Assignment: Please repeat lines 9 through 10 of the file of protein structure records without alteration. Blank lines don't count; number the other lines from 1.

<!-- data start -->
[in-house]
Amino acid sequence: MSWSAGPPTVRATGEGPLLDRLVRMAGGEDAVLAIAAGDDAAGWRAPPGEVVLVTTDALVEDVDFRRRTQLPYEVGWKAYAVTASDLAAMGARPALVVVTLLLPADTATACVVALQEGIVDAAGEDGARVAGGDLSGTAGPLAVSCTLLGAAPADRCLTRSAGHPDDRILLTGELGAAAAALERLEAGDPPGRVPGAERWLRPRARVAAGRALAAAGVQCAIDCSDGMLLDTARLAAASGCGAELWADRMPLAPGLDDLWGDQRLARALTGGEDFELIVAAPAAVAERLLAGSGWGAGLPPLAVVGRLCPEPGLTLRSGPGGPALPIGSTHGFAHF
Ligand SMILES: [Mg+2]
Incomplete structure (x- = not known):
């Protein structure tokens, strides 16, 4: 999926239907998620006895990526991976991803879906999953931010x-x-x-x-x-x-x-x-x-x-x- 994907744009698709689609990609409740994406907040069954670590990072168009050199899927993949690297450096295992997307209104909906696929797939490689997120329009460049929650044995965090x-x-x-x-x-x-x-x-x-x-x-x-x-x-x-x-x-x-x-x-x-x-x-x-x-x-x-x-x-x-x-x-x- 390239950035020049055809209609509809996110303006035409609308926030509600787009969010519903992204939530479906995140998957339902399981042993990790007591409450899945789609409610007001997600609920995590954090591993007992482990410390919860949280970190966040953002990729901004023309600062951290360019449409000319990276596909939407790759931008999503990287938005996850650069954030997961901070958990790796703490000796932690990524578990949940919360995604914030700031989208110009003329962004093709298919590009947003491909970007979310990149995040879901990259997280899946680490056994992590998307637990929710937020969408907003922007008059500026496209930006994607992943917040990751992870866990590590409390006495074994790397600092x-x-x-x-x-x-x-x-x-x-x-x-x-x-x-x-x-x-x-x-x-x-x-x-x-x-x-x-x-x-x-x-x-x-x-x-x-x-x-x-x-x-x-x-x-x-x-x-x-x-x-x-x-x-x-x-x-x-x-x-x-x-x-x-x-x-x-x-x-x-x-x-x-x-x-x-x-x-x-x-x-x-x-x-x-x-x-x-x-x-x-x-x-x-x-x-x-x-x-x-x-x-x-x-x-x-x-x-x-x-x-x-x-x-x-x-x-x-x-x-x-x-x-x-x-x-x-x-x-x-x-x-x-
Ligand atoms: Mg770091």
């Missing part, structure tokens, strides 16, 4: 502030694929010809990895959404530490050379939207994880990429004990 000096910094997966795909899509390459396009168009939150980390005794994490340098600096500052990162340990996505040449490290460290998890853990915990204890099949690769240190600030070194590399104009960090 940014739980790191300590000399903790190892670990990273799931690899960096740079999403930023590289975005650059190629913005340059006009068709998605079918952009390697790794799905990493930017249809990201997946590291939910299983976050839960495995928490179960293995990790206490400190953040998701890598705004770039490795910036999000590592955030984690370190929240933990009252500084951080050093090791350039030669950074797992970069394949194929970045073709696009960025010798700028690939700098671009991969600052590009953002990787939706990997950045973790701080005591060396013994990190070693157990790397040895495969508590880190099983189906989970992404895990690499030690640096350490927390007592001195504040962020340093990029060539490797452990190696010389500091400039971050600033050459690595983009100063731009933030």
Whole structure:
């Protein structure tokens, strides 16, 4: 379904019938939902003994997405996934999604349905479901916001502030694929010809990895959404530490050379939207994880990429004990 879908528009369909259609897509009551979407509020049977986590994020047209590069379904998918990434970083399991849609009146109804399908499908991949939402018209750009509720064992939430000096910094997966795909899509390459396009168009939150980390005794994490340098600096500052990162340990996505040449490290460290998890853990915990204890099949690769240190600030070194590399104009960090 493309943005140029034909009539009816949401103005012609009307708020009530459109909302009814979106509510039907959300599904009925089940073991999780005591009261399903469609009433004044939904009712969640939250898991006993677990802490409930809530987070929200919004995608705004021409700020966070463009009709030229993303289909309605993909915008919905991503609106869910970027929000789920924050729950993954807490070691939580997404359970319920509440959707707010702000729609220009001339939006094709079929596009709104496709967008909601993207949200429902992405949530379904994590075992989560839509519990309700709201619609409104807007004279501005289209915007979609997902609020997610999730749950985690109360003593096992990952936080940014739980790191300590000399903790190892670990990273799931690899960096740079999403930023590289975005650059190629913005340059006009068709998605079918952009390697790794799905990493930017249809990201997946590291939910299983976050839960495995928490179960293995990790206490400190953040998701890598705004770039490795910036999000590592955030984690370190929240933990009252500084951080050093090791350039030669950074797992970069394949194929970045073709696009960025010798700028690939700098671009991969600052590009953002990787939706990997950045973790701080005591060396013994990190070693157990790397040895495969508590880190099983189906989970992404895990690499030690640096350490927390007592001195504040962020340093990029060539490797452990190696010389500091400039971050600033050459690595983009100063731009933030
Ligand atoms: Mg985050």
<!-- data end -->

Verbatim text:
């Protein structure tokens, strides 16, 4: 379904019938939902003994997405996934999604349905479901916001502030694929010809990895959404530490050379939207994880990429004990 879908528009369909259609897509009551979407509020049977986590994020047209590069379904998918990434970083399991849609009146109804399908499908991949939402018209750009509720064992939430000096910094997966795909899509390459396009168009939150980390005794994490340098600096500052990162340990996505040449490290460290998890853990915990204890099949690769240190600030070194590399104009960090 493309943005140029034909009539009816949401103005012609009307708020009530459109909302009814979106509510039907959300599904009925089940073991999780005591009261399903469609009433004044939904009712969640939250898991006993677990802490409930809530987070929200919004995608705004021409700020966070463009009709030229993303289909309605993909915008919905991503609106869910970027929000789920924050729950993954807490070691939580997404359970319920509440959707707010702000729609220009001339939006094709079929596009709104496709967008909601993207949200429902992405949530379904994590075992989560839509519990309700709201619609409104807007004279501005289209915007979609997902609020997610999730749950985690109360003593096992990952936080940014739980790191300590000399903790190892670990990273799931690899960096740079999403930023590289975005650059190629913005340059006009068709998605079918952009390697790794799905990493930017249809990201997946590291939910299983976050839960495995928490179960293995990790206490400190953040998701890598705004770039490795910036999000590592955030984690370190929240933990009252500084951080050093090791350039030669950074797992970069394949194929970045073709696009960025010798700028690939700098671009991969600052590009953002990787939706990997950045973790701080005591060396013994990190070693157990790397040895495969508590880190099983189906989970992404895990690499030690640096350490927390007592001195504040962020340093990029060539490797452990190696010389500091400039971050600033050459690595983009100063731009933030
Ligand atoms: Mg985050």